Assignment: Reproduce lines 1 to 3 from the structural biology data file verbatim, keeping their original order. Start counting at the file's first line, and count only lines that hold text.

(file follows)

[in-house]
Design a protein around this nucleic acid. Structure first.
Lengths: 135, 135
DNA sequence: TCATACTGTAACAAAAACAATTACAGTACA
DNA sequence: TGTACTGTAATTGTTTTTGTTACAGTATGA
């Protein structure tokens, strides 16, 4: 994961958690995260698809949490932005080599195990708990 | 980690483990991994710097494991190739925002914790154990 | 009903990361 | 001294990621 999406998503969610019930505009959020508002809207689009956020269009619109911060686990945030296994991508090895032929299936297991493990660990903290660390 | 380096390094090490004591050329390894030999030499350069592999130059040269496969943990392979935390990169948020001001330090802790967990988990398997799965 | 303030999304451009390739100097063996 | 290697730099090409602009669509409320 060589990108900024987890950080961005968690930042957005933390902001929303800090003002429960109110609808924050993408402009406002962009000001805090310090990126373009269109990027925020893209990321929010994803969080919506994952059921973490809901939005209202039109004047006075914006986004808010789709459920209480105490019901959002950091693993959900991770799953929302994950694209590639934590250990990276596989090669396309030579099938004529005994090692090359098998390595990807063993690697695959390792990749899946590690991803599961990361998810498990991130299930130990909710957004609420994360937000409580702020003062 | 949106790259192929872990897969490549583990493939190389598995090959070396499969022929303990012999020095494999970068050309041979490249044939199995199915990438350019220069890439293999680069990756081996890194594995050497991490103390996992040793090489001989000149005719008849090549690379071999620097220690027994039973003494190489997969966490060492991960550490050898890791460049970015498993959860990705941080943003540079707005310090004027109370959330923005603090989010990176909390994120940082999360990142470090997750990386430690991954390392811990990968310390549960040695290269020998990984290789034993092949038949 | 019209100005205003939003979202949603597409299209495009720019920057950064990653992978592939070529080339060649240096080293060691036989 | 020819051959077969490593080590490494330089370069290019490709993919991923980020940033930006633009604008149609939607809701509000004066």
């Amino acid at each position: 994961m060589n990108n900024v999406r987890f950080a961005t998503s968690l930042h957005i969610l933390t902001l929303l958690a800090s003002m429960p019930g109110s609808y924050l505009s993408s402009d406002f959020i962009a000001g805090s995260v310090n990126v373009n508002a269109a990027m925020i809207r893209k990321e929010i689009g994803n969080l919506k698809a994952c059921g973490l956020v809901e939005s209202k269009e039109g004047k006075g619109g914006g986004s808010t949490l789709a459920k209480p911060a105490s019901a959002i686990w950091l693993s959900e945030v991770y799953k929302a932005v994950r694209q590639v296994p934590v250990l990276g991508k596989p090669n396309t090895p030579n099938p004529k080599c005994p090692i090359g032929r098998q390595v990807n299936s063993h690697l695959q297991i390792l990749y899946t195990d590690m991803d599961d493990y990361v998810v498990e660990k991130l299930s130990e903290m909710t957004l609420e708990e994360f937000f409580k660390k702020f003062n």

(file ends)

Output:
[in-house]
Design a protein around this nucleic acid. Structure first.
Lengths: 135, 135